1971 Oldsmobile 442

Streetside Classics-Dallas/Fort Worth
5400 Sandshell Dr
Fort Worth, TX

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Fort Worth, TX



Year 1971
Mileage 5159
Engine 8
Doors 2
Transmission Automatic
Make Oldsmobile
Model 442

442 1971

Title Status --
Exterior Color Black
Interior Color Black


Fast and sophisticated, this 1971 Oldsmobile 442 isn't like most muscle cars. Yes, it does carry a thumping 455 cubic inch V8 and yes, it's dressed in some aggressively designed bodywork, but the combination of the slick black paint, black vinyl top, and comfortable black interior (that's right, this is a rare and highly sought-after black-on-black-on-black muscle car) remind us that buying an Olds was an entirely different experience.

First off, yes this indeed a real-deal, Code '44' Cutlass 4-4-2 (Oldsmobile used the dashes on everything but the car's actual badges after 1968). And even though those three illustrious numbers originally designated a 4-barrel carburetor, 4-speed manual gearbox, and 2 (dual) exhaust (although some contend that the '2' actually denotes a limited-slip rear end), there are LOADS of 4-4-2 examples that were equipped with automatics, just like this gorgeous street brawler. Born with Code 19 Ebony Black paint and a Code B Black vinyl roof, this slick Cutty was treated to a faithful restoration where it received a dialed-in, top driver-quality respray that still looks great today. A 4-4-2 specific stripe kit breaks up the black finish, with a white stripe that splits the hood, an outline pinstripe between the rear bumper and decklid, and a lower-body profile line that runs from fender-to-quarter all of which emphasize the subtle curves and sexy creases of this beautiful design. In a sea of Chevelles and GTOs, this 4-4-2 stands out, looking both contemporary and brutal, it seems to ignore the usual standards and goes off on its own path toward American legend. Showing up in this car garners tons of attention, although it's still a rather subdued street tough, with the hood louvers, black grille with silver surrounds, silver headlight bezels, round parking lights in the front bumper, and horizontal taillights topping the list of appearance upgrades for 1971. As a real-deal 442 (code 44 in the VIN), those badges were installed honestly and the aggressive look is all factory-issue, calmed by the sophisticated, gentlemanly nature of the Code B Black vinyl roof. Nice chrome sparkles against the paint, wheel arch trim highlight the flared fenders, and the brightwork around the vinyl roof adds just enough flash to the blacked-out curb appeal.

The Code 930 Black Vinyl bucket seat interior is also full factory spec, including the handsome and comfortable front seats that are split with a cool console, a set-up that is basically a must-have if you're looking for a 4-4-2. Oldsmobile's added luxury is evident throughout, from the woodgrain on the door panels, console, and dash, to the somewhat more expensive-feeling vinyl used on the seats, to the comfortable list of options. There's hardly any wear on any of the soft parts, so the car looks and feels quite fresh, and the headliner and plush carpet match nicely, giving the 4-4-2 a warm, welcoming feeling from top to bottom. Included among this car's features is factory air-conditioning that's been upgraded to use R134a refrigerant, which is always a great sight inside a dark car. The original AM radio is remarkably still in the dash and quite operable, and even comes augmented with a period-perfect 8-track player that was either special-ordered or added on by the dealer before this Cutty hit the showroom floor in '71. And despite the fastback profile, there's a good-sized trunk with plenty of space inside even with a full-sized spare stowed there, too.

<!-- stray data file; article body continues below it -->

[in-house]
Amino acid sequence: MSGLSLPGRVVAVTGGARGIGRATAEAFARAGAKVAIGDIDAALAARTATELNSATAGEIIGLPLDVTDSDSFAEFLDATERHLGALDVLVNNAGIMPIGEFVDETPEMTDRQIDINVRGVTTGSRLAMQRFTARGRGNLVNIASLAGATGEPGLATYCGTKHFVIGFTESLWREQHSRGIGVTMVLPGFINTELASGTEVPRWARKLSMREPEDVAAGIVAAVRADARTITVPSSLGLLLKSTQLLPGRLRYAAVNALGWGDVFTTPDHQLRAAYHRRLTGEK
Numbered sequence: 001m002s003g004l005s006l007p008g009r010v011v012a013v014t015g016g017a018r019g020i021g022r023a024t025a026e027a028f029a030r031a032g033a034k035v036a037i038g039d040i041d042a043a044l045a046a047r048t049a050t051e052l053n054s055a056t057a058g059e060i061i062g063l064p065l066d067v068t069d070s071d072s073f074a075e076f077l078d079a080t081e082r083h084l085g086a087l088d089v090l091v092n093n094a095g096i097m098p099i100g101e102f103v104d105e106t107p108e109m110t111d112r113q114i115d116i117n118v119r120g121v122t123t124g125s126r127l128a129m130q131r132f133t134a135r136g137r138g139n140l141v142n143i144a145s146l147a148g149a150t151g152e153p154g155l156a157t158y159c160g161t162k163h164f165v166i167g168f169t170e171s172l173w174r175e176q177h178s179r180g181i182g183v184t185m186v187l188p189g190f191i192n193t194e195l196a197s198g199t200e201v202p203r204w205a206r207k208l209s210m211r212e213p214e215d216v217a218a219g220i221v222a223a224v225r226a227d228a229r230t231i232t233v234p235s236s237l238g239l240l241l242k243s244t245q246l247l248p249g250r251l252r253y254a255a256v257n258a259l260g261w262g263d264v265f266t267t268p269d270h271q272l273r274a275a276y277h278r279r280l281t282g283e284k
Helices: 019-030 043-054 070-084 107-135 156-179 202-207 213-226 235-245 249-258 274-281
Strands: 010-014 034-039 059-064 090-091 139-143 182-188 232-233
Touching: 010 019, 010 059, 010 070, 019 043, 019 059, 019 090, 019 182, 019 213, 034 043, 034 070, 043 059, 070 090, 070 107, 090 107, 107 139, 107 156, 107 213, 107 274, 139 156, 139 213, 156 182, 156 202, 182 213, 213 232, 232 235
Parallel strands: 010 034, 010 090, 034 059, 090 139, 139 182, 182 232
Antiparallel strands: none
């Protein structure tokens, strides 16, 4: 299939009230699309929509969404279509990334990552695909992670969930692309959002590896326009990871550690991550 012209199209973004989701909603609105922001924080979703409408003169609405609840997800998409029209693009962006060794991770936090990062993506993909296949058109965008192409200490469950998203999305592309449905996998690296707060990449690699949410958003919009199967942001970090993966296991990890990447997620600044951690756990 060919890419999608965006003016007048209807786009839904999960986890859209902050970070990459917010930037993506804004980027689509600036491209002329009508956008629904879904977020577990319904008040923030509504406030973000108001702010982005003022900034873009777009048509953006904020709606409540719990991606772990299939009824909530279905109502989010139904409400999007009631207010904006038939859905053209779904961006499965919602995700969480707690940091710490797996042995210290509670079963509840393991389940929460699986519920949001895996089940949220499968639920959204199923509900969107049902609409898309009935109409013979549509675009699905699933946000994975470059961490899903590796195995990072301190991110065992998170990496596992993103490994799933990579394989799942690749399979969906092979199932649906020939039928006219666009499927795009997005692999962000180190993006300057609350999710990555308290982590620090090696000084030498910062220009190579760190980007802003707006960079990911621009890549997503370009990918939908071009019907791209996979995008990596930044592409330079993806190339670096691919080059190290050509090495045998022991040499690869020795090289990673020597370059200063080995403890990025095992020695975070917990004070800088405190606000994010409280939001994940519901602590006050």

Powering this Cutty is a thundering 455 cubic inch V8, and while new rules and lower octane fuels knocked a few horsepower off the top in the early '70s, the mountainous torque this big block produces delivers the performance you expect out of a 4-4-2. The engine bay is clean and obviously shows signs that it was carefully and accurately restored/maintained through the years, with bright corporate blue engine enamel, a correct 442 decal on the dual-snorkel air cleaner, and all original equipment everywhere you look inside the engine bay. It barks to life with that distinctive Oldsmobile sound and with the help of an Edelbrock 4-barrel carb eagerly pulls the slick hardtop coupe around without ever seeming to work very hard. A heavy-duty TH400 3-speed automatic transmission has no problem keeping up and the 10-bolt rear end still plants the power, so this Olds can both shake some egos at red lights or cruise down the highway at higher speeds. The chassis isn't detailed for show, but it's actually very clean and hides nothing, ready for another round of cruising the streets with the help of front and rear swaybars, upgraded shocks, power steering, and power front disc brakes. And if a little throaty rumble gets your blood going, the upgraded Flowmaster dual exhaust system will certainly get you excited. Perennially attractive Oldsmobile Rally wheels are color-matched to the body and carry 235/30/14 BFGoodrich white-le


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